Lying on the ground after being hit, Chief closes his eyes, his HUD slowly beeping out of service before ceasing operation completely.
Projecting an image of herself outside of the Chief’s armor to mourn the loss of her partner, Cortana then proceeds to fulfill his dying wish, taking control of his Spartan-II armor and rebooting its systems.
Initializing her own unique HUD within the armor’s helmet – a visual confirmation that Chief is no longer in control of his body – Cortana-as-Chief launches into a viscous attack on the Covenant, sweeping through the battlefield with robotic precision as she attempts to clear a rescue path for Silver Team.
Moments later, the team is miraculously rescued by their UNSC Pelican – ostensibly summoned by Cortana – and successfully make their way off of Hesduros with the team mostly in-tact.
As the episode draws to a close, Cortana-Chief is found sitting alone at the controls of the Pelican as it drifts through space before being joined by Kai.
Taking the co-pilot’s seat next to the Spartan, Kai proceeds to ask her teammate, “John, is that you?”, drawing only silence from Cortana before the episode cuts to credits.
While it’s likely that Chief’s mind will somehow find itself restored to working order in Halo’s already-greenlit second season, this twist regardless stands as yet another example of how Hollywood’s obsession with ‘subverting audience expectations’ leads to ruin.
Chief’s ‘death’ – like He-Man’s, Luke Skywalker’s, Jean Luc-Picard’s, and so many other iconic leads in recent years – is not only a forced attempt by the writers room to inject cheap drama into the series, but also something that likely no one outside of extreme contrarians would have wanted from an adaptation of Halo.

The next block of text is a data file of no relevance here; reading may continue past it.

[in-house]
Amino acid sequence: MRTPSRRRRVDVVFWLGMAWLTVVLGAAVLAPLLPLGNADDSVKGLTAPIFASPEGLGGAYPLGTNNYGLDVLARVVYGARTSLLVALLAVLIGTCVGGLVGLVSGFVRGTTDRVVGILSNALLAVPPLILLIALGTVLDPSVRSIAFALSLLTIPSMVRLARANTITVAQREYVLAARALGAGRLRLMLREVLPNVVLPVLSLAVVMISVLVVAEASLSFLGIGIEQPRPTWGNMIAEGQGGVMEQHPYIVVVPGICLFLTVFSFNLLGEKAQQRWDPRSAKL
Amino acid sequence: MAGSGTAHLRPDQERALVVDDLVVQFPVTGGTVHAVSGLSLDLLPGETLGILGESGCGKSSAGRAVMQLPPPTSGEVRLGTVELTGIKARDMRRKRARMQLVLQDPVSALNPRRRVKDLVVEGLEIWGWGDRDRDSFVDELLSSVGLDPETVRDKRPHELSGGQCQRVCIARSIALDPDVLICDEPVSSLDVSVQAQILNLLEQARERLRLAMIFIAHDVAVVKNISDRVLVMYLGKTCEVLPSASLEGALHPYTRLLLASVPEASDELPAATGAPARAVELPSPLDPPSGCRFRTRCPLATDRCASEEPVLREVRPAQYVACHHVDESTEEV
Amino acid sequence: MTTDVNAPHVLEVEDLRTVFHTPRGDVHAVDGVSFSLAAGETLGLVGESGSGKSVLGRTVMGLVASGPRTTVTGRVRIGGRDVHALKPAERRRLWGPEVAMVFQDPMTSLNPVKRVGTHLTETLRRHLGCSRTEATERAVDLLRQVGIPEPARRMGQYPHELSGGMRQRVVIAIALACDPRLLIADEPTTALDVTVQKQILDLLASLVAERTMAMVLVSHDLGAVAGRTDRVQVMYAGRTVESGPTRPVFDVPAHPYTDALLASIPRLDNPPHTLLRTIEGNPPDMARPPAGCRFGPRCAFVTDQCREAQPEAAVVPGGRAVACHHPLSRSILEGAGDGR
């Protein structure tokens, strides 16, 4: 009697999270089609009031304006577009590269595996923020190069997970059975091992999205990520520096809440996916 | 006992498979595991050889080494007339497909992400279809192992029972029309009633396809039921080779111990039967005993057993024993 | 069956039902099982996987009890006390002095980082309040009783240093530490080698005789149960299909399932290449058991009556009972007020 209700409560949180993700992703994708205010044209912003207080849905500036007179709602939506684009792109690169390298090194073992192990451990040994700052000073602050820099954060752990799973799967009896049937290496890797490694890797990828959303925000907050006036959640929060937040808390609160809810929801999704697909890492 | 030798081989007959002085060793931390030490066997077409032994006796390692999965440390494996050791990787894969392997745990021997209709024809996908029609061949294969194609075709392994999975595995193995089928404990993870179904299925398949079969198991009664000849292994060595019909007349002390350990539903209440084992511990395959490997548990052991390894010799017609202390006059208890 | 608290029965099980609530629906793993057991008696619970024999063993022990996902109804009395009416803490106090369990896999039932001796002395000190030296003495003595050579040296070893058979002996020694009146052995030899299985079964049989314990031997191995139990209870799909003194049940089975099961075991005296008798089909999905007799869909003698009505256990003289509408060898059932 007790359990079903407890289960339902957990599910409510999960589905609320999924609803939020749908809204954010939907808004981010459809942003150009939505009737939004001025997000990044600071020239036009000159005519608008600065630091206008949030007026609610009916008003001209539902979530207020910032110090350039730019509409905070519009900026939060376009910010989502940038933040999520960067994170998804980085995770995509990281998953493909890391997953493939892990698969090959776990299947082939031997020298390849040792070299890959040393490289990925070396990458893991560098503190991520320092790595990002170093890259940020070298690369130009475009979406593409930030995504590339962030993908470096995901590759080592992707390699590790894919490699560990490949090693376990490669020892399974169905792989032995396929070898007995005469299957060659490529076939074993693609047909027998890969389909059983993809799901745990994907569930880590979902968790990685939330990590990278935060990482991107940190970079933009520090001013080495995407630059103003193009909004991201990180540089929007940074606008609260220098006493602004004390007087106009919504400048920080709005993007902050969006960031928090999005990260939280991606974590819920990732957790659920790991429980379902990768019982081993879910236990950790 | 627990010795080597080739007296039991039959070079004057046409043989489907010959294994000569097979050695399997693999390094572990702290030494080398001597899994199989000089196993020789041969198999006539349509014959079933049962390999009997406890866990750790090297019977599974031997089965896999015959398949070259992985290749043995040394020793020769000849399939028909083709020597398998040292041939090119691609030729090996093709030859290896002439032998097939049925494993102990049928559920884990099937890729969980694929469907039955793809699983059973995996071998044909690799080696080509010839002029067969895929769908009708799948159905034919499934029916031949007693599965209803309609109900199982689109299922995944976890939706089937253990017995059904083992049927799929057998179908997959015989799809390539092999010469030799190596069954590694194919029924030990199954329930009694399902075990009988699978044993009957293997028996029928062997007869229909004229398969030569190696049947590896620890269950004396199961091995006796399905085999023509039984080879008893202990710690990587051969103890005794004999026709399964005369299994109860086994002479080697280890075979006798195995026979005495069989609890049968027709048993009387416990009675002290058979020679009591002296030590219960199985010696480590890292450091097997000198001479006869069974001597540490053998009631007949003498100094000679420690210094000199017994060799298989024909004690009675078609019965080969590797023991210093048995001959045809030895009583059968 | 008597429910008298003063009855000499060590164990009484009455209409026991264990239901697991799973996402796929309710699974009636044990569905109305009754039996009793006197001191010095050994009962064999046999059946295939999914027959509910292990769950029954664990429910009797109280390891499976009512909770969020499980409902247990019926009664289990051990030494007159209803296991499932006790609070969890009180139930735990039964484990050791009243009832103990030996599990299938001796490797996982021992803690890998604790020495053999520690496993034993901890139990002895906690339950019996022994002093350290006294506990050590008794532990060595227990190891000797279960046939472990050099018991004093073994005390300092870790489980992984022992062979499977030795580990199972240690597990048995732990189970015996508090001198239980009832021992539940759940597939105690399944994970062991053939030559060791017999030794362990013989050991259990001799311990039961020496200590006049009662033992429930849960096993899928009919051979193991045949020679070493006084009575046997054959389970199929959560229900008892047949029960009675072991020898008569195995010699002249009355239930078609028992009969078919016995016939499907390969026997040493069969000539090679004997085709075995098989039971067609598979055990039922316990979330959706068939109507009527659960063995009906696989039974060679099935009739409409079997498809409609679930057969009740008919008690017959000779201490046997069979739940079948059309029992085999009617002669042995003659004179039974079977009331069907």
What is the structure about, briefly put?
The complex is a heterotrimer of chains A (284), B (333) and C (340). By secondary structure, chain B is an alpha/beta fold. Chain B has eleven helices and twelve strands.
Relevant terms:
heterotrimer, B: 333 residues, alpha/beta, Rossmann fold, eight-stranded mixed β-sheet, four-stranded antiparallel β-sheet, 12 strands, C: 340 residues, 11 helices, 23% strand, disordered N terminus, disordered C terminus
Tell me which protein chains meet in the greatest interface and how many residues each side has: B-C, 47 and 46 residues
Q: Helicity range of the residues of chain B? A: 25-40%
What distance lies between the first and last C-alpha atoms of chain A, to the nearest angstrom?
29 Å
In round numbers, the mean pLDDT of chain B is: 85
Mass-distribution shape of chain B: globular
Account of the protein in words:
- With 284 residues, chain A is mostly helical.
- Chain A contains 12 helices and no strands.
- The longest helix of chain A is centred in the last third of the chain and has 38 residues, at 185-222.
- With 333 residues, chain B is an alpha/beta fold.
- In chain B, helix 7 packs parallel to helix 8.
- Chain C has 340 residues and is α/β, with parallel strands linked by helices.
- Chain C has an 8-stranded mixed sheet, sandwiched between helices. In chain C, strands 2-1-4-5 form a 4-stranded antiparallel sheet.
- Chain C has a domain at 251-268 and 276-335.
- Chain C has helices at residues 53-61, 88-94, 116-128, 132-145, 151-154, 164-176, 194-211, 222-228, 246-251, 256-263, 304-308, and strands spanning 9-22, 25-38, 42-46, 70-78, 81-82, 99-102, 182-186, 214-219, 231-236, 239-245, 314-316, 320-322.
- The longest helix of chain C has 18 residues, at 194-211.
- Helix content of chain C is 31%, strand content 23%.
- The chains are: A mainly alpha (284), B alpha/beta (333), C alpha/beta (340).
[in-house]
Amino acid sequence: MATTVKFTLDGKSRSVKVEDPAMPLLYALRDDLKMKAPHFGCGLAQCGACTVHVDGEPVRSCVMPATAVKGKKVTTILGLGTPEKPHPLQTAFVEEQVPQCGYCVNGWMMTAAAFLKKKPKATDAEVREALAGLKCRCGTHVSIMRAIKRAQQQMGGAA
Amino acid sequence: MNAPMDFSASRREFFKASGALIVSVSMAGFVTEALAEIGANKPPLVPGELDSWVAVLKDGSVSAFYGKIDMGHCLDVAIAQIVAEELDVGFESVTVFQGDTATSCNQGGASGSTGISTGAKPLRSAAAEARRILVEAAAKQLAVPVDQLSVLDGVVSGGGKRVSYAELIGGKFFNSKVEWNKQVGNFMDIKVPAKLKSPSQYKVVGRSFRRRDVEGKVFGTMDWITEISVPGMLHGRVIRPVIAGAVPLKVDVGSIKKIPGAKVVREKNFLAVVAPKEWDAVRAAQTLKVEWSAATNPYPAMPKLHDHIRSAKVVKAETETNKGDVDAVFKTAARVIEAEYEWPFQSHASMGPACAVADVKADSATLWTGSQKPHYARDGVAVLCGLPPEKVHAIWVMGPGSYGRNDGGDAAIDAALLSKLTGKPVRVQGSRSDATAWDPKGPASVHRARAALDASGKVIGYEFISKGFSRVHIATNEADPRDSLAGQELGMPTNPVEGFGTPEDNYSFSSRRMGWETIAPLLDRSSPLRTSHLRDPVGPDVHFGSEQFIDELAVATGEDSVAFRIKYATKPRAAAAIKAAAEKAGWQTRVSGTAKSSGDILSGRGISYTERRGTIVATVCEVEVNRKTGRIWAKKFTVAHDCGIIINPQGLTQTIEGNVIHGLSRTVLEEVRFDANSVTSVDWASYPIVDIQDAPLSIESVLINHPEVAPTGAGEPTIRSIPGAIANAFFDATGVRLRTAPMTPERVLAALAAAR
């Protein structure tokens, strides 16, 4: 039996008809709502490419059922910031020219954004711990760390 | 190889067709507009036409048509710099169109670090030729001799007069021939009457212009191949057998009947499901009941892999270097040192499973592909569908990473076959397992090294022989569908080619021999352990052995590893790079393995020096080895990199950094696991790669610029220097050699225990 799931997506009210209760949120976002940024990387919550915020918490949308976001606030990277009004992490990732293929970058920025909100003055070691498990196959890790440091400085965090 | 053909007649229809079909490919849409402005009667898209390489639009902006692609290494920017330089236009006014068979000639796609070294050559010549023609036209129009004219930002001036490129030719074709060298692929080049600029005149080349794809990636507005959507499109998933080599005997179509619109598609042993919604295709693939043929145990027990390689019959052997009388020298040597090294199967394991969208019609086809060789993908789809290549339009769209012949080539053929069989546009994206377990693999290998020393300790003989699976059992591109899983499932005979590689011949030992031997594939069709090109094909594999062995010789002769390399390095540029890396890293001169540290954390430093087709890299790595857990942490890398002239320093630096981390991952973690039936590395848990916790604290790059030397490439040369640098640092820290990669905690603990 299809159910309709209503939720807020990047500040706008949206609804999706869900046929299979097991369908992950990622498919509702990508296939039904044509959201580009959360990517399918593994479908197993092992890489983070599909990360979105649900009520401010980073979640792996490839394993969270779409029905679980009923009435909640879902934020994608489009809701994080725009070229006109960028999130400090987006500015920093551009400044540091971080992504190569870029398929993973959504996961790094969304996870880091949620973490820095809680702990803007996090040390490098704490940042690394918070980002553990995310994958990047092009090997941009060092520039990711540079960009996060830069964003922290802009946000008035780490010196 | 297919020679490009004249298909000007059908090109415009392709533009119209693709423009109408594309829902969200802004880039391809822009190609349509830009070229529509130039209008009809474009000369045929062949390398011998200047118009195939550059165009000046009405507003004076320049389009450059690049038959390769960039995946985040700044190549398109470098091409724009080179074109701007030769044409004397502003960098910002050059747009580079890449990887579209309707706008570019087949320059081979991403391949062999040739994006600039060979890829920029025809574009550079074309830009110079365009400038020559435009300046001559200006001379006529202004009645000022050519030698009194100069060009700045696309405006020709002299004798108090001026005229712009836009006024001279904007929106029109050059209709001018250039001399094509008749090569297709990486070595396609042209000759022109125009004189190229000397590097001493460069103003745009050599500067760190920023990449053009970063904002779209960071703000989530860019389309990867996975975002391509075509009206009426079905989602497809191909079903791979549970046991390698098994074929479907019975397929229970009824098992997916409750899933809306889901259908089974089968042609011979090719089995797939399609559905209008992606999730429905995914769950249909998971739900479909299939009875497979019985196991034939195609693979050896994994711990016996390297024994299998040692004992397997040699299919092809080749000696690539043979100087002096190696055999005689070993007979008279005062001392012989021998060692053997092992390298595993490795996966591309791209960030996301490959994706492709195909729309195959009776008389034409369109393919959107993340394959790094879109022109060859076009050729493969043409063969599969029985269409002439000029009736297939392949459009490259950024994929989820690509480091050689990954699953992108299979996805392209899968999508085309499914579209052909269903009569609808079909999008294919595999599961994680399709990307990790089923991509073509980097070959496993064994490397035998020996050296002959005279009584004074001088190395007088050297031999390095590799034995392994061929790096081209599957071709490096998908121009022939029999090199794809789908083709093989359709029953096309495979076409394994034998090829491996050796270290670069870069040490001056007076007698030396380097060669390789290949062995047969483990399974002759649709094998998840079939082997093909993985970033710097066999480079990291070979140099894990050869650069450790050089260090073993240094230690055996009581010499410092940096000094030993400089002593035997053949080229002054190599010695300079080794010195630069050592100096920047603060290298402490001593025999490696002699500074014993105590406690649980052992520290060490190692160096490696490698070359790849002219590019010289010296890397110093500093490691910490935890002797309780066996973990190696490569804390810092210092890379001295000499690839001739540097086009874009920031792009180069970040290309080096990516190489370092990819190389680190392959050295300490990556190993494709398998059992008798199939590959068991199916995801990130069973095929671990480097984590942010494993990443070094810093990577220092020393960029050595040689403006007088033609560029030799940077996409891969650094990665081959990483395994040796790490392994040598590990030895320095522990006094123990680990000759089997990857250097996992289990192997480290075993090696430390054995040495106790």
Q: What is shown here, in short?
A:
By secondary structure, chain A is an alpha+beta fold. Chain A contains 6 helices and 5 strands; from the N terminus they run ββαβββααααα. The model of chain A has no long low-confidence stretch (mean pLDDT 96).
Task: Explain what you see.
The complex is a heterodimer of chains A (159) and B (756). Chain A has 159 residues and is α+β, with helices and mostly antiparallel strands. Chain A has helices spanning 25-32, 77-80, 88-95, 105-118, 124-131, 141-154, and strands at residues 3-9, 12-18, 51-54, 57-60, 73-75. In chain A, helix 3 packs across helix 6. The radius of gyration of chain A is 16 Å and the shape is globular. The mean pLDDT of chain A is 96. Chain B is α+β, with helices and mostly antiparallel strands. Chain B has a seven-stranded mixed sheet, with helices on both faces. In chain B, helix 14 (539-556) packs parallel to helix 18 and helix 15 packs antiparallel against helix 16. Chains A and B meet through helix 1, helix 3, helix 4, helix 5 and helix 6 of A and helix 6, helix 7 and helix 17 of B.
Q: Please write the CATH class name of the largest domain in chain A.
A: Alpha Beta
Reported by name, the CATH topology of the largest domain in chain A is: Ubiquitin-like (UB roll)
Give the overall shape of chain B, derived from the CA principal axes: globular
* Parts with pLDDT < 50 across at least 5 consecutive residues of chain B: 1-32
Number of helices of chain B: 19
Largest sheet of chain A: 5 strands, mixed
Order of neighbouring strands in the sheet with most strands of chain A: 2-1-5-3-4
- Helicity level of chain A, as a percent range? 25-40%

A side-story focusing on other Spartans? Sure, let the deaths fly for the cannon fodder.
A ‘What If…?’ type scenario where a group of Covenant are telling stories and bragging about being the one to have ‘killed’ the Chief, ala the Batman: The Animated series episode Legends of the Dark Knight?
Most fans would be up for this experiment in storytelling, especially if Chief were still revealed to be alive – maybe even coming across the group and proceeding to take them out – in the project’s conclusion.
However, killing the iconic and beloved main character of the franchise, especially after years of fans clamoring to see them brought to life in live-action, for nothing more than a cheap shock and a few hours of social media relevance?
That’s just the kind of abysmal writing one would expect from a show whose production team “Didn’t look or talk about the game, [but instead] talked about the characters and the world” and found that working within the constraints of the Halo video games “wasn’t serving the creative teams and their need to express a story and build the world through their eyes.”
Of course, ultimately, there’s no reason to expect that any future seasons of Halo will course correct and begin to treat the source material with any sort of respect.
After all, as affirmed by 343 Industries’ head of Halo transmedia Kiki Wolfkill, the series’ second season will potentially feature a focus on “deeply exploring [the Spartans’] personal life.”
You know, exactly what everyone wanted out of a live-action adaptation of a sci-fi first person shooter focused on saving the planet from aliens.
What do you make of Halo’s season finale? Let us know your thoughts on social media or in the comments down below!